Imagining community through sport at Edge Hill University

Dr Jack Sugden

In 1983 Benedict Anderson wrote ‘Imagined Communities’, a book that pointed out, among other things, that the communities, towns, cities and especially nations in which we live are not actually real. Although they might feel real to us, part of our lives, our identities, have you ever actually seen an England? Touched a Manchester? The point I make here, in an admittedly abstract way, is that we dwell in a world in which we are divided by many categories and identity hooks that are essentially made up.

The United Kingdom only exists because we all agree it does, just as we agree to follow, uphold and even celebrate its laws and culture. If we were to wake tomorrow having forgotten the UK, it might be a nightmare in terms of law and order, but we may also feel free, albeit isolated and alone. As though these categories and labels dive us they also unite us, giving us commonalities that we share, and which make us feel safe, like we belong. It is this exact feeling of collective national consciousness that captivates the nation during a royal wedding, at times of national crisis, or during the football world cup, the last two being much the same.

Football for Peace in Jerusalem, Jewish and Arab kids pre-game

 In terms of sport, from growing up in Belfast during the “troubles” I was witness to bitter and divisive nature of sport, but also, fleetingly, its capacity to cross the sectarian divide through a football team made up of both Protestants and Catholics called ‘Belfast United F.C.’ Continue reading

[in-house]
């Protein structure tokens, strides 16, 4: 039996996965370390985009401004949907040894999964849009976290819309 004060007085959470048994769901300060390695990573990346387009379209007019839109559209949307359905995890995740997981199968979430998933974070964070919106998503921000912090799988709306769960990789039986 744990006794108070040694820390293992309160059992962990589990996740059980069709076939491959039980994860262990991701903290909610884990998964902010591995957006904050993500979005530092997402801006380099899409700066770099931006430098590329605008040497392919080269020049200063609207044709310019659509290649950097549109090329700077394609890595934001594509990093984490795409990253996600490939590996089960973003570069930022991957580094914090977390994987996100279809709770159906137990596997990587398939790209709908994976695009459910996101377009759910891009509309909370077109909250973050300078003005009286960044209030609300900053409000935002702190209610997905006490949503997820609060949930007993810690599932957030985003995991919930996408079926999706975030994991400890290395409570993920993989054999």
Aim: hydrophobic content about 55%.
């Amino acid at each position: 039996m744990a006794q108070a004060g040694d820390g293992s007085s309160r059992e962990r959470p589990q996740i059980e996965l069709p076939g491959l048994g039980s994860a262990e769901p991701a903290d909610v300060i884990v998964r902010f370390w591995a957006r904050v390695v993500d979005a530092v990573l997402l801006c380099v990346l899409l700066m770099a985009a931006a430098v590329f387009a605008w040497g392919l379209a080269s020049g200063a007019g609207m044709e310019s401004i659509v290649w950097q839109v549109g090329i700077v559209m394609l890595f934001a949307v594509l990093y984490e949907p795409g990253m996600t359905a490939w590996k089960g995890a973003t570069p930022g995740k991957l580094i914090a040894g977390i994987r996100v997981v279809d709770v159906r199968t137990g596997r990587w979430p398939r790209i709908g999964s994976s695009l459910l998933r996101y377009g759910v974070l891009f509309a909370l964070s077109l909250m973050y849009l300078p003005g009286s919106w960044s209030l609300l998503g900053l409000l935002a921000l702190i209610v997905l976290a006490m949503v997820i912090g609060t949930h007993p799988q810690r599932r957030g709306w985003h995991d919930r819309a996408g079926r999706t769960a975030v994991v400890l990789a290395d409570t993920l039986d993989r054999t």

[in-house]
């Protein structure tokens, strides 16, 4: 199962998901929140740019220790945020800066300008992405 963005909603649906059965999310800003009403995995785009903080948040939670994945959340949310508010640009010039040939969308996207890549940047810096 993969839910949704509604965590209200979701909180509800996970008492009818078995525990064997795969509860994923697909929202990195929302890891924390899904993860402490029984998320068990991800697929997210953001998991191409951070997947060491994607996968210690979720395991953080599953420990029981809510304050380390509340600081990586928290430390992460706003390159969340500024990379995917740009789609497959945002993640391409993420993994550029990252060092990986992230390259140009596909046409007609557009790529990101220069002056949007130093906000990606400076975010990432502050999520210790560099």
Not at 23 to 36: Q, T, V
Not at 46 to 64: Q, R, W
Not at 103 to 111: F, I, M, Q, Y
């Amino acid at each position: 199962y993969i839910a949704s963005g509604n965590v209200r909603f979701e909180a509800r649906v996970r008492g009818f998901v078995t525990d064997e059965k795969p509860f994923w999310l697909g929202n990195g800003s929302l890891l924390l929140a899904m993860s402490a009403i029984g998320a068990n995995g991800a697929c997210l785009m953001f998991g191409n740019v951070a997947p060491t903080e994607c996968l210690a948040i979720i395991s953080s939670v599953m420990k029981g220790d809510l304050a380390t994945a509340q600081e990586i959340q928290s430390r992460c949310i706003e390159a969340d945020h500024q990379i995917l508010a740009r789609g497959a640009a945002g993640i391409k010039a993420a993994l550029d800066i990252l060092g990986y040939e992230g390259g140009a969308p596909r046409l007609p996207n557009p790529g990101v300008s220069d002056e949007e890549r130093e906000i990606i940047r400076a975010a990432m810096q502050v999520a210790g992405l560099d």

The Wanderers Wanderers – AfR@football

On a warm July evening the Wanderers Wanderers took to the field in the annual staff football tournament in memory of Tom Bell. The organisers were kind enough to welcome players from the local refugee community to take part in the tournament for a second year.

An intended outcome for the Action for refugee group is provide practical support to refugees, asylum seekers and those agencies working with them. Football provides an enjoyable and practicable vehicle to do this.

Staff from Edge Hill played in the tournament team. In addition trainees and staff have played matches organised by Dr Jack Sugden from the Faculty of Arts and Science. Jack has extensively researched the ability of sport to bring groups together. 

The Department of Education and Communities (within the Faculty of Education) has within its vision identified the importance of ‘ valuing and engaging with all our diverse communities’. Primary trainee teachers have taken part in Refugee Welcome days that include football as an important aspect.

If you are interested in getting involved with football and the wider community please contact

Dr Jack Sugden (sugdenj@edgehill.ac.uk)

Martin Ford (fordm@edgehill.ac.uk)